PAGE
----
@adam I was browsing around for a project I’m working on in Grafana (they won’t let me use UD for everything, unfortunately) when I stumbled across this DataTables.Net. It appears to be a fairly succinct way of implementing extensible, searchable, and editable tables.
Now, I don’t have a ton of time to dig into this right now and I know you only recently updated the way tables work, I just wanted to put it out there for you, or anyone else who might find this worth expanding on here
P.S. I just heard you on the PowerScripting Podcast yesterday – great show man! Glad to hear/see you around and get a tonal feel for your enthusiasm about what you’re working on! As always, your work in the community is greatly appreciated!
The current plan is to use the Tables out of Material UI with the v3 release: https://material-ui.com/components/tables/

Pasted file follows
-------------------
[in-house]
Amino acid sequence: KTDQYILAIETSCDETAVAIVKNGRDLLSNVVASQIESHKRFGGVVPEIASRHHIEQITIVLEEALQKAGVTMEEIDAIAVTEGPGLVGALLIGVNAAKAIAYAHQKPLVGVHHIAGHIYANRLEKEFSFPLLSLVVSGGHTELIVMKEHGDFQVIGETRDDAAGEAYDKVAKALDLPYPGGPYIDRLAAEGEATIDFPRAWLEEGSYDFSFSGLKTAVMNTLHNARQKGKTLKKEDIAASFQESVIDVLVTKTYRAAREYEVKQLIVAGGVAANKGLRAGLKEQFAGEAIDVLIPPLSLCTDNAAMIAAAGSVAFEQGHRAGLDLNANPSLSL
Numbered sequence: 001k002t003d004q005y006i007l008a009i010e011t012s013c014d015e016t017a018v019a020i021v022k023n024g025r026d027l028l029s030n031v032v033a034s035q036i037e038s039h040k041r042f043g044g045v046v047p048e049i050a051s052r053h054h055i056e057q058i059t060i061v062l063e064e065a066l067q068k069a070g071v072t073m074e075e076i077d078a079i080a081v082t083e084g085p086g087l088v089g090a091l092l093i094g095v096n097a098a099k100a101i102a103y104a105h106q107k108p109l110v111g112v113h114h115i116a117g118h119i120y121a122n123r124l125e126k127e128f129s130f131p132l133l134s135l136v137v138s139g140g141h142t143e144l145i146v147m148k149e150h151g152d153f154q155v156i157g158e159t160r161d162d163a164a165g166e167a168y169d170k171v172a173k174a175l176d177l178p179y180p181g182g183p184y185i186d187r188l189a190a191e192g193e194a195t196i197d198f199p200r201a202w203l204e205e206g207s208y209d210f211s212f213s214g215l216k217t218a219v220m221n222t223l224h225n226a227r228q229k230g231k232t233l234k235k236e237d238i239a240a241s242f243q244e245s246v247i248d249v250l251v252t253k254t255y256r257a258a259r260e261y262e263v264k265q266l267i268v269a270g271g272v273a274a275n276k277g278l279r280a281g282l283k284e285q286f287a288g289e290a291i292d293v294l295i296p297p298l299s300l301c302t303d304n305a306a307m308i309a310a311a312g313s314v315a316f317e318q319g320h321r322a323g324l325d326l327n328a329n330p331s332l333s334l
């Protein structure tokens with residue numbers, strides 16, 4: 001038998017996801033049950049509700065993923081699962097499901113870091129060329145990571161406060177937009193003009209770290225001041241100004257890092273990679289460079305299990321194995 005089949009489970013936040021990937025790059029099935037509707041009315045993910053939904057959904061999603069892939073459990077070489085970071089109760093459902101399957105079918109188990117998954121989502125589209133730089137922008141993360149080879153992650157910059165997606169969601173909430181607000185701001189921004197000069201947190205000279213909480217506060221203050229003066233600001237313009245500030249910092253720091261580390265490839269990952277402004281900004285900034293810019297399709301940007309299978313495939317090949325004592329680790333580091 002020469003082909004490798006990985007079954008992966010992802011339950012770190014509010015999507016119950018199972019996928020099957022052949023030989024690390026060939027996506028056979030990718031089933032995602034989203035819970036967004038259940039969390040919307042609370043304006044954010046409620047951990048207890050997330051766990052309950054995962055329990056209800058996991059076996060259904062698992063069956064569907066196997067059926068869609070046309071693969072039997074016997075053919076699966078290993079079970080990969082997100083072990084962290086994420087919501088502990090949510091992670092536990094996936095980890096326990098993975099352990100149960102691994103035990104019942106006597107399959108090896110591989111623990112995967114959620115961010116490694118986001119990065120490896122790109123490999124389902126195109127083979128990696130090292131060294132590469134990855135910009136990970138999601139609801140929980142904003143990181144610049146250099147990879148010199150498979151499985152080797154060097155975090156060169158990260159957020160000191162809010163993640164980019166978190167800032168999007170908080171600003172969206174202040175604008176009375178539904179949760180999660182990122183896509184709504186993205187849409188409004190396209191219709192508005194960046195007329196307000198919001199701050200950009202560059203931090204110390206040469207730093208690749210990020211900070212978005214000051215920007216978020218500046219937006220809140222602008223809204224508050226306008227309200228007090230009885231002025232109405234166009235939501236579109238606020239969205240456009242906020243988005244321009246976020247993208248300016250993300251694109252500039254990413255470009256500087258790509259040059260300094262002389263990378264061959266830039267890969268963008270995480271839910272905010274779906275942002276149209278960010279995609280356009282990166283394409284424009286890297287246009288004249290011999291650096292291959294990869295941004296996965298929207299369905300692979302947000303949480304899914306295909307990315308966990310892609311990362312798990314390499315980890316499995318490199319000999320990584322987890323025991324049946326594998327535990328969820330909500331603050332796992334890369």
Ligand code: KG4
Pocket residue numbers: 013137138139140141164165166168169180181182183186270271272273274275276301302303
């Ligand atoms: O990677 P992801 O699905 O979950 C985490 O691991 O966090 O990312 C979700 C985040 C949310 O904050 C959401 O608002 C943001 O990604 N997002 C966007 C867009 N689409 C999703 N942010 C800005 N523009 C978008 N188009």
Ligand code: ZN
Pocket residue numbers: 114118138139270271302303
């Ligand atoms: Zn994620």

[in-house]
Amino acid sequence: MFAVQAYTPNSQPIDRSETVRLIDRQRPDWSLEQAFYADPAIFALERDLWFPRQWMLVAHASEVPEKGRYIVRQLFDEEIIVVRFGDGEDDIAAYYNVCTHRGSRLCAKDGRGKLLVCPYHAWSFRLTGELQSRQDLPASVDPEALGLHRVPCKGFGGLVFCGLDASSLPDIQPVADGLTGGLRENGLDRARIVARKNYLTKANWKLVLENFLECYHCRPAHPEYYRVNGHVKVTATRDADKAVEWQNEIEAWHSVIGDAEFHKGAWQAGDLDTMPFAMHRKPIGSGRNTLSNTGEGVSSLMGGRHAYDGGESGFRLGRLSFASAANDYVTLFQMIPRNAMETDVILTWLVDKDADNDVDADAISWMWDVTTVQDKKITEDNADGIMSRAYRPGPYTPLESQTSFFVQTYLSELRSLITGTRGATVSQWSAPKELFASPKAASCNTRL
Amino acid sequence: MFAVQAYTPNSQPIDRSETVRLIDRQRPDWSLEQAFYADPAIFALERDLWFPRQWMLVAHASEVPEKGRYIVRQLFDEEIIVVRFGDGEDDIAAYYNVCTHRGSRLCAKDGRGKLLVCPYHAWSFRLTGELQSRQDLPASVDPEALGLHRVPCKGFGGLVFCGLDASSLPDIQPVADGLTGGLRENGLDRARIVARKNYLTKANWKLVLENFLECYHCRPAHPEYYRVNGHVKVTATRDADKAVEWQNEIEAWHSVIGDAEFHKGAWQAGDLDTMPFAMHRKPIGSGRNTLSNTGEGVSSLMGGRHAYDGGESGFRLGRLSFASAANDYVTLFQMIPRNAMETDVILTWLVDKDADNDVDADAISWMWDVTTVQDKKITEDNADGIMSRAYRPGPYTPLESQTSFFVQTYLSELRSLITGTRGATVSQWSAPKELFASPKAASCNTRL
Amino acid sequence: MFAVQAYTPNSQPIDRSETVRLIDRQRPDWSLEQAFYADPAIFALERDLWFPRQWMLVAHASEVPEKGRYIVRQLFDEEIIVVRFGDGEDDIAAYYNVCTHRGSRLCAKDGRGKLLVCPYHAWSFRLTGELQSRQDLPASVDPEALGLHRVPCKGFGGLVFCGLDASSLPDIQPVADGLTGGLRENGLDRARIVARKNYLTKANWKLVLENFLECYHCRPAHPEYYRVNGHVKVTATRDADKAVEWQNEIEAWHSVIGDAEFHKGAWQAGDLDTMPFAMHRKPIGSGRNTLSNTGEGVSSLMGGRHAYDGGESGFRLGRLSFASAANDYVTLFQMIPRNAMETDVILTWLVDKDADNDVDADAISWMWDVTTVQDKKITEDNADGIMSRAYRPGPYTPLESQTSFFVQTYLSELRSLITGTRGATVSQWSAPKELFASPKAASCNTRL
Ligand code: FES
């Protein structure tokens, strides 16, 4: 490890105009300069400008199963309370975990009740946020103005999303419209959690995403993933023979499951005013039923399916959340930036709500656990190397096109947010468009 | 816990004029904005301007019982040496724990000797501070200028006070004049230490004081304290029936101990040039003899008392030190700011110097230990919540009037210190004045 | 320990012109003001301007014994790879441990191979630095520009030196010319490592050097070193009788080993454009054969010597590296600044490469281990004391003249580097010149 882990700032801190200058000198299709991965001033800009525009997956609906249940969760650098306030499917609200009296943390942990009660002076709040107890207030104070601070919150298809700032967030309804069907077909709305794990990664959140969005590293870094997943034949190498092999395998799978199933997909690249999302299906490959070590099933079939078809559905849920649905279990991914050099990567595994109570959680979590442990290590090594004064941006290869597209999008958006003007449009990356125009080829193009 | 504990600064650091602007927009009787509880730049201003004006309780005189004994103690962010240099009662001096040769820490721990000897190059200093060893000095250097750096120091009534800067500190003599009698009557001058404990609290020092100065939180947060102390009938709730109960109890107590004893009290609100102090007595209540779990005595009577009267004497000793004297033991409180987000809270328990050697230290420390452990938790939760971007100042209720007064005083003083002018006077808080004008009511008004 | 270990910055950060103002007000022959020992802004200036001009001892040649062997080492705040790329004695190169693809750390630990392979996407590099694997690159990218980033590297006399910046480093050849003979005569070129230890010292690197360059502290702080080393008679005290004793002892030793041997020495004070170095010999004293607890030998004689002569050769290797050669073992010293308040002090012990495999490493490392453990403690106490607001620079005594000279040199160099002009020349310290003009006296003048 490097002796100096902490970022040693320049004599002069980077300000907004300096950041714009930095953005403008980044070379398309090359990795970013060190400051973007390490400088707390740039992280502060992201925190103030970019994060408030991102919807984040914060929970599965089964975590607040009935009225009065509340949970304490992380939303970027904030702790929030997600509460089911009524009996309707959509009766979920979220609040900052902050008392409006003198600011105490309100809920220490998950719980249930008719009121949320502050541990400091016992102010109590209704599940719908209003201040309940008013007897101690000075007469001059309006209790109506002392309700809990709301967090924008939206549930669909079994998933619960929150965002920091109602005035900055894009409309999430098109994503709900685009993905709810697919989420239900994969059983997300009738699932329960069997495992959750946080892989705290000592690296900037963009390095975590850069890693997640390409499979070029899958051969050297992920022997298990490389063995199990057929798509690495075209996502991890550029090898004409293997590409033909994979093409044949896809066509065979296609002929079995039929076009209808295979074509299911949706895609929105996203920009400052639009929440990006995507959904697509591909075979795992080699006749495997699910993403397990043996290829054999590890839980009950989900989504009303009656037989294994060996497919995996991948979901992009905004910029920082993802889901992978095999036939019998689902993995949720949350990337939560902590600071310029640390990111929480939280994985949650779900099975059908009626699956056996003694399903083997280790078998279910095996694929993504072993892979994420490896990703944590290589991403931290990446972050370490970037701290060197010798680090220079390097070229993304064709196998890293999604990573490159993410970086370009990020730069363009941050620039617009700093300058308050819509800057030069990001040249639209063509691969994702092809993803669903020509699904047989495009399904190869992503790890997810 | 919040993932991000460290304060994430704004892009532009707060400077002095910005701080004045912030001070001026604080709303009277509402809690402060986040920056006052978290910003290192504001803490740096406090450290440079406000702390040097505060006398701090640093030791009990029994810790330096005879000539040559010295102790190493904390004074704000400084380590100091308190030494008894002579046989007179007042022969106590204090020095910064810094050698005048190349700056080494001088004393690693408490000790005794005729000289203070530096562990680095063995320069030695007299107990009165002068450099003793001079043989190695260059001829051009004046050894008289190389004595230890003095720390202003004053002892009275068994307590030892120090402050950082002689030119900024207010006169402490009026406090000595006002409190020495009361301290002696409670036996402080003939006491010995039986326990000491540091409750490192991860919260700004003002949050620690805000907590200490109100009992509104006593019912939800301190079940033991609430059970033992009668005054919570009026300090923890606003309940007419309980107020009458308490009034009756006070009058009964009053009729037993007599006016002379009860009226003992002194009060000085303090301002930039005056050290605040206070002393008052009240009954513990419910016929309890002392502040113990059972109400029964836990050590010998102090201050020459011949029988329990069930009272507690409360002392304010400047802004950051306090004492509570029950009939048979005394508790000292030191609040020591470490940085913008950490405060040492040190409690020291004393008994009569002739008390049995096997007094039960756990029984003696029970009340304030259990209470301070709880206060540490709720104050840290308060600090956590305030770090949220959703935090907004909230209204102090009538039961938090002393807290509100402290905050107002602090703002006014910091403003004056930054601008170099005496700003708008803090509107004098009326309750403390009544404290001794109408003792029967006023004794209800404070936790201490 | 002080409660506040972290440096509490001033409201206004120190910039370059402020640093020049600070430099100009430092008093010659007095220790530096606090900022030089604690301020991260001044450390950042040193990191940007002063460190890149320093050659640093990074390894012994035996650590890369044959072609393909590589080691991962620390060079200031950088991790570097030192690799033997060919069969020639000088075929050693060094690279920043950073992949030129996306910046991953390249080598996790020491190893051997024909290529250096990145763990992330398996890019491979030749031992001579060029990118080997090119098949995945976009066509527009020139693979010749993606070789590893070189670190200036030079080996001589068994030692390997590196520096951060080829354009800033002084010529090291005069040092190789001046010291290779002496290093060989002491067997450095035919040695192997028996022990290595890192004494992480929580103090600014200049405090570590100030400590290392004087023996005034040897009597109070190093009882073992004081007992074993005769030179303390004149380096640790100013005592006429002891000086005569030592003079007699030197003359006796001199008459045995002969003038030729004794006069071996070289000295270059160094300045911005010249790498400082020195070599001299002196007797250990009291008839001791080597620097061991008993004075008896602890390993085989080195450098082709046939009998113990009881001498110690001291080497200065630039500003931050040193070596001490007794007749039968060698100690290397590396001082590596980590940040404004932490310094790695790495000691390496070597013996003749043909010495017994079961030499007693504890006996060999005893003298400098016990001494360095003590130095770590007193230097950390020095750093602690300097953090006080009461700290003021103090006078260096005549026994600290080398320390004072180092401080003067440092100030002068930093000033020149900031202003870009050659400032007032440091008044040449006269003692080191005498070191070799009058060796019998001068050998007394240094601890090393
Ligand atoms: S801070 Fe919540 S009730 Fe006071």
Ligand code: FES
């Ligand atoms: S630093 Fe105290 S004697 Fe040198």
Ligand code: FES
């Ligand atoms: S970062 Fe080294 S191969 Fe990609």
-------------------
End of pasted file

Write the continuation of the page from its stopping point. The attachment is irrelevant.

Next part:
I’d be open to looking into another table framework if the desire for it is large enough but will probably release it as a separate module. I’ve used datatables quite a bit. One downfall is that it doesn’t play great with react. One component that I also was looking at was react data grid: https://adazzle.github.io/react-data-grid/ That would provide an Excel-like experience.
Thanks for listening to the podcast! I really enjoy being on their show.
Oh yea, it was a great listen - everyone should check it out!
It seems like you’ve got a pretty strong handle on it! I’m sure the amount of time that you are putting into just figuring out which direction to go in with some of these components is complicated enough! If you’re working with implementations of various different frameworks, there’s always the option of implementing the various options as some sort of switch or parameter set (though I’m sure that adds a whole new layer of complexity that might not be anywhere near worth the effort).
As always, I’m happy to contribute where I can, when I can - I’m not well versed in react, but am pretty good at figuring out weird issues within PS, configuration oddities in pretty much anything, and making things work that shouldn’t.